Recent advances in genomics and statistical computation have allowed us to begin addressing the genetic basis of stroke at a molecular level. These advances are at the cusp of making important changes to clinical practice of some monogenic forms of stroke and, in the future, are likely to revolutionise the care provided to these patients. In this review we summarise the state of knowledge in ischaemic stroke genetics particularly in the context of how a practicing clinician can best use this knowledge.
- CEREBROVASCULAR DISEASE
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Stroke is the third largest cause of death and disability in the developed countries, with around 25% of all strokes afflicting those less than 65 years of age. Conventional stroke risk factors such as hypertension, atrial fibrillation, cigarette smoking, diabetes mellitus and obesity are well established. However, these factors do not entirely account for the occurrence of stroke in unexposed populations and also fail to explain the incidence of stroke in select individuals within a population that is uniformly exposed to environmental risk factors. Some of this phenotypical variability has been attributed to genetic differences, with familial patterns of inheritance also lending support.
Advances in our knowledge about the workings of genes and their variants coupled with technological advances in analysing the genome along with improved bioinformatics has enabled greater understanding of the underlying molecular aetiology of ischaemic stroke. This review summarises our current state-of-knowledge in stroke genetics, particularly from a practicing clinicians’ perspective.
While stroke remains principally a common sporadic disorder, our understanding of monogenic disorders has improved considerably1 ,2 We begin therefore with the monogenic disorders before addressing the more common sporadic condition.
Monogenic stroke disorders
Described by Joutel et al,3 cerebral autosomal dominant arteriopathy with subcortical infarcts and leukoencephalopathy (CADASIL) is a Mendelian form of hereditary small-vessel disease and vascular dementia. Over 100 pathogenic mutations in the NOTCH3 gene, an evolutionarily highly conserved transmembrane receptor protein regulating cell fate,4 are known to almost always lead to an odd number of cysteine residues in one of the 34 epidermal growth factor like repeats in the extracellular domain of the Notch3 protein. These mainly missense mutations are thought to result in conformational changes of the Notch3 protein. Mutations have predominately been identified in individuals of European descent, although cases have been found in other populations such as South Asia.5 The prevalence of CADASIL is likely underestimated, as clinical suspicion along with laboratory diagnosis is required. There are few prevalence studies, with one registry in Scotland, UK estimating prevalence rate of confirmed CADASIL cases of 1.98/100 000.6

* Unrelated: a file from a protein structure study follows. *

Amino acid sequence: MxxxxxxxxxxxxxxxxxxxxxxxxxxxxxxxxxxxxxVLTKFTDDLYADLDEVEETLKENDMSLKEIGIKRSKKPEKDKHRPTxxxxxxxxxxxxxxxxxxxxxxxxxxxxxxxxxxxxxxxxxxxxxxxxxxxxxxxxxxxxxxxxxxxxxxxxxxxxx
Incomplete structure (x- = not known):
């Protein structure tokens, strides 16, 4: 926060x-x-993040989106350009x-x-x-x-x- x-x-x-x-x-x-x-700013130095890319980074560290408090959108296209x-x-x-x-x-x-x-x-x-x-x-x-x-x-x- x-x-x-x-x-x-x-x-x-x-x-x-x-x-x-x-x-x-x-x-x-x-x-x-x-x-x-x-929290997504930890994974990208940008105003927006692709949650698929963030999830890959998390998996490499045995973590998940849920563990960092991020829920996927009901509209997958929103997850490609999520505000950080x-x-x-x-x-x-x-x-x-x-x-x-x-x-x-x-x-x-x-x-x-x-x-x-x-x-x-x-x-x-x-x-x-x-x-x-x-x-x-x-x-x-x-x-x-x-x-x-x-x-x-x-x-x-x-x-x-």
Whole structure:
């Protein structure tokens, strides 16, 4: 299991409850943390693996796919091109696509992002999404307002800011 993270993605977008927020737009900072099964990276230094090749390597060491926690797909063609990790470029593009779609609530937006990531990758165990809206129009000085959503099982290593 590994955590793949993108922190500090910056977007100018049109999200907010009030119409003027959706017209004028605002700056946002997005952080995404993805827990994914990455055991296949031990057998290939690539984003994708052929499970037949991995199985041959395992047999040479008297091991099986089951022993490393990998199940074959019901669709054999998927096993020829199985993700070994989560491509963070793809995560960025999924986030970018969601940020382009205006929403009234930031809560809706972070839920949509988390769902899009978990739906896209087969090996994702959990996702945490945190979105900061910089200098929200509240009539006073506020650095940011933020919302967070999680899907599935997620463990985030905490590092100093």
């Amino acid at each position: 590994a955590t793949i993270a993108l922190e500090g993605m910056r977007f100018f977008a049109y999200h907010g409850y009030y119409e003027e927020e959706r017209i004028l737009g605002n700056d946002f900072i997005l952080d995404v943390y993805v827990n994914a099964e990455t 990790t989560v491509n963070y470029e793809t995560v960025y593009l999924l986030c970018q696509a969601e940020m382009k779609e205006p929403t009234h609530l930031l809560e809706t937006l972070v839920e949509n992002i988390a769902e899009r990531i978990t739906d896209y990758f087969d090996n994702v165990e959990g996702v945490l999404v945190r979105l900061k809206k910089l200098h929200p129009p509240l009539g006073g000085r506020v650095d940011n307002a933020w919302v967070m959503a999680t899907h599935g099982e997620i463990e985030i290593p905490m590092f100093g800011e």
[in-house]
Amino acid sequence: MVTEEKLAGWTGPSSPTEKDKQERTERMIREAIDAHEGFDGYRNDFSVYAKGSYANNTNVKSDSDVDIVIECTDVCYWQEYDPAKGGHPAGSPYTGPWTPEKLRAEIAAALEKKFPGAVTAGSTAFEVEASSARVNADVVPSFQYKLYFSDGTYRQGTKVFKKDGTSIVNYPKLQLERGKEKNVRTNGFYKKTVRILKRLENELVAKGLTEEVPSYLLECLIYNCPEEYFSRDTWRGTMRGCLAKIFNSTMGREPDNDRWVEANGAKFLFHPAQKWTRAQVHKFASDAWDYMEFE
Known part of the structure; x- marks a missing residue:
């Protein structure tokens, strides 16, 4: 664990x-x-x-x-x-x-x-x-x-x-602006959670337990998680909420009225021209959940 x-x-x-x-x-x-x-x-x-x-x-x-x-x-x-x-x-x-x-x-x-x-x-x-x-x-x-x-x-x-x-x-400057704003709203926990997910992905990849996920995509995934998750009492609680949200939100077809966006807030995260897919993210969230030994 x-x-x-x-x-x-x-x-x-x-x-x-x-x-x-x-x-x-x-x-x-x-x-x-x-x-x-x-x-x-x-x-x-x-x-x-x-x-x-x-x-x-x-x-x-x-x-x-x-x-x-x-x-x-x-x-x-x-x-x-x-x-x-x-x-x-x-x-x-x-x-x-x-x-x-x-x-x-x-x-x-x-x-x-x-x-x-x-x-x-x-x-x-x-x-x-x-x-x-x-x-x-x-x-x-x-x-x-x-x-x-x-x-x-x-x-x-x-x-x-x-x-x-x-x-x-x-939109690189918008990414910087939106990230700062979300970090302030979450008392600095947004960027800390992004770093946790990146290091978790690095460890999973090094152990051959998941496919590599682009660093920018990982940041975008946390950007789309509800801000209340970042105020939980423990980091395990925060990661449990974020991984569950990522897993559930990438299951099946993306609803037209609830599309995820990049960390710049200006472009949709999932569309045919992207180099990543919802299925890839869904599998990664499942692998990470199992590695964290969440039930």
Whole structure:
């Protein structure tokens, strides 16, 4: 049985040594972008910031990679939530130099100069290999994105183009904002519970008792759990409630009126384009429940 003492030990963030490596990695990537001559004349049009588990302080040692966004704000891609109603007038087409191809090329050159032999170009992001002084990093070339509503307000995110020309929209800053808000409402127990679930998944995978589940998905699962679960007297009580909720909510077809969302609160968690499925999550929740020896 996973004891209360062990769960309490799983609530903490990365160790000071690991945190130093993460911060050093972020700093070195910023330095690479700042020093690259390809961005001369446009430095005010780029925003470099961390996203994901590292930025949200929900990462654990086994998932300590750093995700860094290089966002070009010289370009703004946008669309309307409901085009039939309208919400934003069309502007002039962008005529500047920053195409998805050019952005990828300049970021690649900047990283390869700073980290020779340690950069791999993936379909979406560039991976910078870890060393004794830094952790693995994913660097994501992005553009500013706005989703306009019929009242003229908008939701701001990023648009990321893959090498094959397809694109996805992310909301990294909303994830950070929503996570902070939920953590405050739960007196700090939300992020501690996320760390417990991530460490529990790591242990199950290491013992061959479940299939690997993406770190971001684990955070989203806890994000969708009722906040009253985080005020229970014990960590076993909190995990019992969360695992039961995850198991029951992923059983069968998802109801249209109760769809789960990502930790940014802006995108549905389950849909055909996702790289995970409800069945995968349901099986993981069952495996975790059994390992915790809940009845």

Accumulation of granular osmiophilic material within the tunica media is pathophysiologically characteristic of CADASIL, ultimately leading to luminal stenosis in long penetrating arteries supplying subcortical white matter with consequent and expected reduction in cerebral blood flow.7 Nodular white matter lesions are seen on imaging and most ischaemic changes occur in the basal ganglia, periventricular white matter and temporal lobes,1 ,8 and a family with spinal cord lesions in the presence of a novel NOTCH 3 mutation has been described.9